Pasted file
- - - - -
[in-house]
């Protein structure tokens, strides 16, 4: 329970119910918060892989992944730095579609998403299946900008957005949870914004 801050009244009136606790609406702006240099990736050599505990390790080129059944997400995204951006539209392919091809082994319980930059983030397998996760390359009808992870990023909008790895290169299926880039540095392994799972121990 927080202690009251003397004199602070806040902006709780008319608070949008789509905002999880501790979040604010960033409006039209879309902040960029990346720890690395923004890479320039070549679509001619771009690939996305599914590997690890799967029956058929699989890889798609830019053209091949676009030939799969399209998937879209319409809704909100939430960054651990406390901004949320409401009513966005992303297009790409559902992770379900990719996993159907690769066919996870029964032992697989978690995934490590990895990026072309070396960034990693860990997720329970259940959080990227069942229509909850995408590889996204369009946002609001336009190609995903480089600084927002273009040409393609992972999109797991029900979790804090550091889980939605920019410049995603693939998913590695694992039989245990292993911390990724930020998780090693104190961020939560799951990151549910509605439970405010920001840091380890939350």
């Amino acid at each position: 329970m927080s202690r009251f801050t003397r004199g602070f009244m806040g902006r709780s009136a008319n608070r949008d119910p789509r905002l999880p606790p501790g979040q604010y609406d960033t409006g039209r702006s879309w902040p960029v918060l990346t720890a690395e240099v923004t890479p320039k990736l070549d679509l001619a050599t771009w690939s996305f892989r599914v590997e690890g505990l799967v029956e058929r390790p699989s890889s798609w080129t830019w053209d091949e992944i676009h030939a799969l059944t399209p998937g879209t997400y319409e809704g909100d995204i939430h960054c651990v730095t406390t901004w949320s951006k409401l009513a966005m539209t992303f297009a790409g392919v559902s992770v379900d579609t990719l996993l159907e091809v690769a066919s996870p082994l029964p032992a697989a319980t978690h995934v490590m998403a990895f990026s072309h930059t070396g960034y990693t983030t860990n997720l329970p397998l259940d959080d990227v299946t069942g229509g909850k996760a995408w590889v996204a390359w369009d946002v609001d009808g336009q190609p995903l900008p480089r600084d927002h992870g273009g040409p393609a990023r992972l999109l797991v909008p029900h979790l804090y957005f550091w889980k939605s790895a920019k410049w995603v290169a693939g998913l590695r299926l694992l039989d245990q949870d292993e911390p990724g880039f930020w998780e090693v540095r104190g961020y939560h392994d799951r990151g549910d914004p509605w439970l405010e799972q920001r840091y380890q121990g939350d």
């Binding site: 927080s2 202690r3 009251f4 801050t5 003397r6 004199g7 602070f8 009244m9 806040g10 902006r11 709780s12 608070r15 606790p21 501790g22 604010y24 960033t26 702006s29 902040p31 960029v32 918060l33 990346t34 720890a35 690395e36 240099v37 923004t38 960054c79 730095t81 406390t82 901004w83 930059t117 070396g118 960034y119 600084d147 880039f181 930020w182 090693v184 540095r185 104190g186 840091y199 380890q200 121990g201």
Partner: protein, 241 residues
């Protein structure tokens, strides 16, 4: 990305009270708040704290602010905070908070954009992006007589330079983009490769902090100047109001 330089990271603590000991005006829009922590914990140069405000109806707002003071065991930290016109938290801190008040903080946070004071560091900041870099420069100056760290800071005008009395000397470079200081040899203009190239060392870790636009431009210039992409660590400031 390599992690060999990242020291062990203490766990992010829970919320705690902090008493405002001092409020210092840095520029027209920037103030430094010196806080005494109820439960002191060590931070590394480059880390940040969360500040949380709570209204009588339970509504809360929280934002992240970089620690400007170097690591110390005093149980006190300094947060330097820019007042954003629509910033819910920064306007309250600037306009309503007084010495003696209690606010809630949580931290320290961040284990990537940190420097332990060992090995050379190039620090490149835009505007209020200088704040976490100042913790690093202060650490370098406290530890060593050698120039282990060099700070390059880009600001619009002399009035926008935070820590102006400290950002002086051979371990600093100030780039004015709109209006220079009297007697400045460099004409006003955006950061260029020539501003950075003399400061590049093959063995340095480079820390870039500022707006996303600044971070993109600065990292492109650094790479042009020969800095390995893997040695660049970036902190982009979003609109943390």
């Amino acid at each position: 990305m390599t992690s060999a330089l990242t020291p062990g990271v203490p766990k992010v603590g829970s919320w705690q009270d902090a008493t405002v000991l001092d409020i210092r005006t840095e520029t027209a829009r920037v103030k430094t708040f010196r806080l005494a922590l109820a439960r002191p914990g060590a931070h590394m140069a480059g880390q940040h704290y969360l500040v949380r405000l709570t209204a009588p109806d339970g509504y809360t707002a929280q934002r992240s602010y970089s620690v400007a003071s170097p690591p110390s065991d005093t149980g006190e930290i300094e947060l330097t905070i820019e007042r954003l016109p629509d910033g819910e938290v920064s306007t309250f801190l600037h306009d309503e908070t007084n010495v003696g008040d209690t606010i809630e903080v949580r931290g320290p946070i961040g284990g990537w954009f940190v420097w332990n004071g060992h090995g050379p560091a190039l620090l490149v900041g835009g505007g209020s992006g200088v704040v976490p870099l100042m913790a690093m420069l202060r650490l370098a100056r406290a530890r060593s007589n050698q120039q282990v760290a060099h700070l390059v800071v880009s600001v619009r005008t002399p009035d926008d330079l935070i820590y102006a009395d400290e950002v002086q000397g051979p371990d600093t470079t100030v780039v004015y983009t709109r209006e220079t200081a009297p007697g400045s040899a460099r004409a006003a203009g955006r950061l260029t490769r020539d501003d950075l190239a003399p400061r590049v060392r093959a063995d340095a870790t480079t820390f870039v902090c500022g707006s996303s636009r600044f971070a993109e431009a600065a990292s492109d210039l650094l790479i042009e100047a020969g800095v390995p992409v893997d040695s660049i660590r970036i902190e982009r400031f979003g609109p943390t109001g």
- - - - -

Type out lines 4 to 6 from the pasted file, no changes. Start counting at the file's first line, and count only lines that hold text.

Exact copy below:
């Binding site: 927080s2 202690r3 009251f4 801050t5 003397r6 004199g7 602070f8 009244m9 806040g10 902006r11 709780s12 608070r15 606790p21 501790g22 604010y24 960033t26 702006s29 902040p31 960029v32 918060l33 990346t34 720890a35 690395e36 240099v37 923004t38 960054c79 730095t81 406390t82 901004w83 930059t117 070396g118 960034y119 600084d147 880039f181 930020w182 090693v184 540095r185 104190g186 840091y199 380890q200 121990g201």
Partner: protein, 241 residues
């Protein structure tokens, strides 16, 4: 990305009270708040704290602010905070908070954009992006007589330079983009490769902090100047109001 330089990271603590000991005006829009922590914990140069405000109806707002003071065991930290016109938290801190008040903080946070004071560091900041870099420069100056760290800071005008009395000397470079200081040899203009190239060392870790636009431009210039992409660590400031 390599992690060999990242020291062990203490766990992010829970919320705690902090008493405002001092409020210092840095520029027209920037103030430094010196806080005494109820439960002191060590931070590394480059880390940040969360500040949380709570209204009588339970509504809360929280934002992240970089620690400007170097690591110390005093149980006190300094947060330097820019007042954003629509910033819910920064306007309250600037306009309503007084010495003696209690606010809630949580931290320290961040284990990537940190420097332990060992090995050379190039620090490149835009505007209020200088704040976490100042913790690093202060650490370098406290530890060593050698120039282990060099700070390059880009600001619009002399009035926008935070820590102006400290950002002086051979371990600093100030780039004015709109209006220079009297007697400045460099004409006003955006950061260029020539501003950075003399400061590049093959063995340095480079820390870039500022707006996303600044971070993109600065990292492109650094790479042009020969800095390995893997040695660049970036902190982009979003609109943390």